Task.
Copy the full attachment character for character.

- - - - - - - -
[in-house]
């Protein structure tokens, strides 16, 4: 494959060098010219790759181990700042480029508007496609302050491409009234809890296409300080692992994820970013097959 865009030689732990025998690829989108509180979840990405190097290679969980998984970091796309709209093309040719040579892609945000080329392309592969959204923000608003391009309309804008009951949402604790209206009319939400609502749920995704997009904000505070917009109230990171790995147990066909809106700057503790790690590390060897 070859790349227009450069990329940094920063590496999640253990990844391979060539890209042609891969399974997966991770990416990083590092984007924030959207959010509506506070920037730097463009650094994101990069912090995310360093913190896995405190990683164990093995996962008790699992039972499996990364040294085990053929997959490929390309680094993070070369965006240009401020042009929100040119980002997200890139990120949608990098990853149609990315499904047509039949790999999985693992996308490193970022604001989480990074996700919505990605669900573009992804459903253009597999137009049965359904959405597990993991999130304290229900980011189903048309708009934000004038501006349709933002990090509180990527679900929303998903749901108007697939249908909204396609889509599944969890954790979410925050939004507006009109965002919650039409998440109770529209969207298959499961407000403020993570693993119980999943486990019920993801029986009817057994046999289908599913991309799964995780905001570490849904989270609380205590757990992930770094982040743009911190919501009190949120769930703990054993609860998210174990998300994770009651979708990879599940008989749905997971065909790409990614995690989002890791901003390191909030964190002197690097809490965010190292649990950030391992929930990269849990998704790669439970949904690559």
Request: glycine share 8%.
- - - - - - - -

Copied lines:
[in-house]
């Protein structure tokens, strides 16, 4: 494959060098010219790759181990700042480029508007496609302050491409009234809890296409300080692992994820970013097959 865009030689732990025998690829989108509180979840990405190097290679969980998984970091796309709209093309040719040579892609945000080329392309592969959204923000608003391009309309804008009951949402604790209206009319939400609502749920995704997009904000505070917009109230990171790995147990066909809106700057503790790690590390060897 070859790349227009450069990329940094920063590496999640253990990844391979060539890209042609891969399974997966991770990416990083590092984007924030959207959010509506506070920037730097463009650094994101990069912090995310360093913190896995405190990683164990093995996962008790699992039972499996990364040294085990053929997959490929390309680094993070070369965006240009401020042009929100040119980002997200890139990120949608990098990853149609990315499904047509039949790999999985693992996308490193970022604001989480990074996700919505990605669900573009992804459903253009597999137009049965359904959405597990993991999130304290229900980011189903048309708009934000004038501006349709933002990090509180990527679900929303998903749901108007697939249908909204396609889509599944969890954790979410925050939004507006009109965002919650039409998440109770529209969207298959499961407000403020993570693993119980999943486990019920993801029986009817057994046999289908599913991309799964995780905001570490849904989270609380205590757990992930770094982040743009911190919501009190949120769930703990054993609860998210174990998300994770009651979708990879599940008989749905997971065909790409990614995690989002890791901003390191909030964190002197690097809490965010190292649990950030391992929930990269849990998704790669439970949904690559």
Request: glycine share 8%.